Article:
I recently laced up my running shoes again. Nine years have passed since my last (and only) 5k. After having babies, the impact just didn’t jive with my post-delivery body. Can I get a witness?
But with my youngest nearing four years of age, I recently decided to give it another try. So I turned in my gym membership and hit the pavement.
Something therapeutic takes place when I step outside. I head out just as the sun hints of waking my kids. The neighborhood lays still and quiet with only a few windows lit along my route. My shoes meet with the ground creating a rhythm to match my tunes. And I run.
I think of Him. I talk to Him. I listen to Him. And then mingled in my conversation with Him, I play the mental game reminding my feet, “You can do this. You did it yesterday,” willing them forward. And I run some more, red-faced and sweaty.
But more than the running itself, I’ve pondered the why. Why exercise?
I don’t think I can say it any better than Jim Elliot. He wrote a letter home to his mom while he was studying at Wheaton College. In an explanation as to why he went out for the wrestling team he penned these inspiring words:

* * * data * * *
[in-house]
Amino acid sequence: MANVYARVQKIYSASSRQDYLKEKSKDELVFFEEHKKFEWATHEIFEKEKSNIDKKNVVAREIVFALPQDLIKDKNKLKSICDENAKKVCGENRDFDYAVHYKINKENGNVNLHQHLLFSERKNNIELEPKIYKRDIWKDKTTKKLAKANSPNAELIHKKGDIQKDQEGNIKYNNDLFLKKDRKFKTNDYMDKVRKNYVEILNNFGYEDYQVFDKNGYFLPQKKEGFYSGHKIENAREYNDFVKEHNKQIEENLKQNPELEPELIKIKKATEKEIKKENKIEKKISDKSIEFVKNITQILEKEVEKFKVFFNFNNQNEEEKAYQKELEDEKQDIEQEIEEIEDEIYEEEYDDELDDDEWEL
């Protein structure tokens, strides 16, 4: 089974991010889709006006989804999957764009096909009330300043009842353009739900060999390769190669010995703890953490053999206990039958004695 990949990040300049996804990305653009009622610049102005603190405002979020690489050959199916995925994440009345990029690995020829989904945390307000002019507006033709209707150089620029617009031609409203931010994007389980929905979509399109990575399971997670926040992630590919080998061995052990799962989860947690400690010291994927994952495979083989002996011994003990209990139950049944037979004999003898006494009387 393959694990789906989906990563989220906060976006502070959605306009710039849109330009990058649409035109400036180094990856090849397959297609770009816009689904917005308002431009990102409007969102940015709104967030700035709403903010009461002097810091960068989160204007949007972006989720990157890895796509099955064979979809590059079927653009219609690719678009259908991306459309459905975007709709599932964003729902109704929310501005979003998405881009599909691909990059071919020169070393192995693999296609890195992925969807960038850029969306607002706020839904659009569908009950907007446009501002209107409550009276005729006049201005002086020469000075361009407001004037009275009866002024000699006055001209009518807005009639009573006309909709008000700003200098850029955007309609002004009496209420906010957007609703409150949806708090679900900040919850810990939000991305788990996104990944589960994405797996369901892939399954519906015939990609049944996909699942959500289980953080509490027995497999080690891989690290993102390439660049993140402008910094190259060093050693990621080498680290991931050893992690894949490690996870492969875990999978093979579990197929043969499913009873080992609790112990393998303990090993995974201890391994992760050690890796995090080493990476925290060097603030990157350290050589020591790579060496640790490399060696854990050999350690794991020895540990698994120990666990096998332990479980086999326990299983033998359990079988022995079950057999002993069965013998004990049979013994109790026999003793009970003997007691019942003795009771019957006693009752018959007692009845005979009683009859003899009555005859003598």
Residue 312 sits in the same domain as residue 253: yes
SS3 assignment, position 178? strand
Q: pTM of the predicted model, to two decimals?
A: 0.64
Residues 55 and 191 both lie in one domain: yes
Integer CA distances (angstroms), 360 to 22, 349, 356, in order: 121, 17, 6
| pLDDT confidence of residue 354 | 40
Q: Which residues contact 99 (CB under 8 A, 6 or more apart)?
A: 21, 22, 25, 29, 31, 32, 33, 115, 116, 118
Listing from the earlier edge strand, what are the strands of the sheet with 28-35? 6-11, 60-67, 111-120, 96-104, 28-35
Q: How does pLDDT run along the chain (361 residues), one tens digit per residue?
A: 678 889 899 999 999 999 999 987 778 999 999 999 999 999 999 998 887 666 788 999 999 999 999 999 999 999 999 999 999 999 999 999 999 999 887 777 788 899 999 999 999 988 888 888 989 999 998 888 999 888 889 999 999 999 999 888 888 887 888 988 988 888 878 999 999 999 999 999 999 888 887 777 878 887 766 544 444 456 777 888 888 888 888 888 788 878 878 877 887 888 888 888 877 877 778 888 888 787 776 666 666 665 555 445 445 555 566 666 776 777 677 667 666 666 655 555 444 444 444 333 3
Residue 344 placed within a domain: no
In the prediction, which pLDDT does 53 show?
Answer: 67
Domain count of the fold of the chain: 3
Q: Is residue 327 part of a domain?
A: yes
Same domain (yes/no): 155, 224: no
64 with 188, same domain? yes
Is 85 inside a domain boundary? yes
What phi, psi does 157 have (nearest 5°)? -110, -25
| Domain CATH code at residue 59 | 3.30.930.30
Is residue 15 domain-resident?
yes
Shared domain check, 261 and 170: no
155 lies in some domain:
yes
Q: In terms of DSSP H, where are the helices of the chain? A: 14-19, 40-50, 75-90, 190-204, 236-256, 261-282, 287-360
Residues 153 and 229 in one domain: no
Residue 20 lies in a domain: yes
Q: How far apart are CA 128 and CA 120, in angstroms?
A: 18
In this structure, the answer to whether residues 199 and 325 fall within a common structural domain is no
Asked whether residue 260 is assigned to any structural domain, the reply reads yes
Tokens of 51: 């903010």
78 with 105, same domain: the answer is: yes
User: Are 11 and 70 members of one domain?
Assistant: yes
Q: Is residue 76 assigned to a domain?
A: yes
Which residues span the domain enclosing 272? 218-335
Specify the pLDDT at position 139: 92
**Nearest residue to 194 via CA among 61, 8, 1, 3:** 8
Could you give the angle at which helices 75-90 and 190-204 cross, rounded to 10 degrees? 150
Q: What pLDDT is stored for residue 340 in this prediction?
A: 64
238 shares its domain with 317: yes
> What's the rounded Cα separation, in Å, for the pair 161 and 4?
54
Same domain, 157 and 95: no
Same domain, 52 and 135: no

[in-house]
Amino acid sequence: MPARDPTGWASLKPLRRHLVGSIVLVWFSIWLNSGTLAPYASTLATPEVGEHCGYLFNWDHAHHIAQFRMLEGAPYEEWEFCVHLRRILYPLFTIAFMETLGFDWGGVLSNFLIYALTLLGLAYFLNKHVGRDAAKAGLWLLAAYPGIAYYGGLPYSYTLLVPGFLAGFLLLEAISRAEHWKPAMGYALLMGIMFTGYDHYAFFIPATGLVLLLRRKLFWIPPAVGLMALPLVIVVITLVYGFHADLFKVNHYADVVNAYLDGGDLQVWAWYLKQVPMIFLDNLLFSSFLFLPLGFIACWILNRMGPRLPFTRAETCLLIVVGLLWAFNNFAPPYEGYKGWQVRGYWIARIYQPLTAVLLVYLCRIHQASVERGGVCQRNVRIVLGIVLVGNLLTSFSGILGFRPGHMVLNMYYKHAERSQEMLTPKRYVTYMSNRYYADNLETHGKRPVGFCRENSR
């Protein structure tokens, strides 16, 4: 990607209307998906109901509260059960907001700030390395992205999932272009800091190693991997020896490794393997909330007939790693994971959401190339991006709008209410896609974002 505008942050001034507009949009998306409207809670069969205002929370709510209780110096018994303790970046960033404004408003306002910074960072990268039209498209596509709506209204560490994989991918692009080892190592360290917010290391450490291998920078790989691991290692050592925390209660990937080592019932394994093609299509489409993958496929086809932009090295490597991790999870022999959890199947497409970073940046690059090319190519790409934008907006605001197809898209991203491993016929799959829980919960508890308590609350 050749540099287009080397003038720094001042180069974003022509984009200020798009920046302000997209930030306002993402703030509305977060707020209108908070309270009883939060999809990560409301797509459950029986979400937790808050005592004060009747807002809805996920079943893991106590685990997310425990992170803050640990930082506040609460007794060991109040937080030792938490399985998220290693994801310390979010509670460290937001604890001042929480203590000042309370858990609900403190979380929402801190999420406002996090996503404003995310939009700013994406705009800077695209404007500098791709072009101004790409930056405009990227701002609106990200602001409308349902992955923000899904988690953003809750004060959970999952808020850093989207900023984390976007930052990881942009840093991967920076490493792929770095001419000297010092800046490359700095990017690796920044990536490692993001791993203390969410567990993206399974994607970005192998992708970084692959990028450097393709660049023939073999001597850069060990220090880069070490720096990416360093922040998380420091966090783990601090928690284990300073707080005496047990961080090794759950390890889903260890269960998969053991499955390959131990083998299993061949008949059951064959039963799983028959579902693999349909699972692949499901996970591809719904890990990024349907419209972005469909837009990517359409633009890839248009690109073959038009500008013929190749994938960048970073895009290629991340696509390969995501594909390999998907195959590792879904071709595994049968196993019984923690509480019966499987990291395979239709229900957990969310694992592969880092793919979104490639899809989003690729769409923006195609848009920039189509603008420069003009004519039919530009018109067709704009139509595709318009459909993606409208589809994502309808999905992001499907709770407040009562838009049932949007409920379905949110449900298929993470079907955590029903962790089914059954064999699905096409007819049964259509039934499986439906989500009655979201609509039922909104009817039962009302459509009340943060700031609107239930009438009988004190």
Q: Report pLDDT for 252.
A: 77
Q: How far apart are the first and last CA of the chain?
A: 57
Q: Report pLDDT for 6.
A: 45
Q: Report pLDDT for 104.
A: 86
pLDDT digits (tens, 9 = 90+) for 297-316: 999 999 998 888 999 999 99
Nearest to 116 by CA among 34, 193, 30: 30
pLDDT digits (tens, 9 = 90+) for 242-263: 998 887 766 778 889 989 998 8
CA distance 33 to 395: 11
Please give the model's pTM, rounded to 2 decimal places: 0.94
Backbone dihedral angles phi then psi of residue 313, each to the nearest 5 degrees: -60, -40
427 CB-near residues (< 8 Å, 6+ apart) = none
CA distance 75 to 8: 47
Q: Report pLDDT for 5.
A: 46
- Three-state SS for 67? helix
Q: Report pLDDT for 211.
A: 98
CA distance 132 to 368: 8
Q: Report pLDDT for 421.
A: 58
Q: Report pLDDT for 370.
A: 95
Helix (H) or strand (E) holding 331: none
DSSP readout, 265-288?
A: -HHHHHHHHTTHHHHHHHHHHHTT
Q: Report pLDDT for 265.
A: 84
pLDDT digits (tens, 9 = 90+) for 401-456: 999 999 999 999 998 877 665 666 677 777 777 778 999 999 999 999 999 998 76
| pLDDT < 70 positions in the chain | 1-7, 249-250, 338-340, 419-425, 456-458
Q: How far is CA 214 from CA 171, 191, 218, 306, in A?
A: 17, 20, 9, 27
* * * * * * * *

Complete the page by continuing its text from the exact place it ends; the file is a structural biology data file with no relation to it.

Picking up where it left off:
I wrestle solely for the strength and co-ordination of muscle tone that the body receives while working out, with the ultimate end that of presenting a more useful body as a living sacrifice.
(p. 16, Through Gates of Splendor)
I love that. Ultimately, I run for Him. I exercise for Him. As much as depends upon me, I strengthen this physical body of mine that He might use it for as long as He wills. A living sacrifice.
I appeal to you therefore, brothers (and sisters), by the mercies of God, to present your bodies as a living sacrifice, holy and acceptable to God, which is your spiritual worship.
A living sacrifice is exponentially more than the physical. In fact, there have been pillars of the faith that couldn’t run or walk or even move, yet were passionate living sacrifices unto the Lord.
You can be a living sacrifice unto Him regardless of your physical state.
But for those of you who are able and desire to strengthen your physical body, I want to encourage you with a few quick tips from my very unprofessional perspective:
- Determine your why. Why do you (want to) exercise? Create a “mission statement” that will motivate you when your feelings tell you to give up. Write out Jim Elliot’s words and remember the ultimate “why.”
- Set some goals. Determine what suits you and set some goals. If you’re a wannabe runner, consider trying the Couch-to-5k running plan. It worked for me.
- Recruit a friend. We need the encouragement of others. Find a friend to workout with or at least one you can call for encouragement. There are also some excellent places online that you can connect with others for accountability. My newest discovery is DailyMile.com. (I have 3 whole “friends” so far.)
Fill me, Lord…
Why do you exercise?
If you struggle to exercise, but have the desire, what is your greatest hindrance?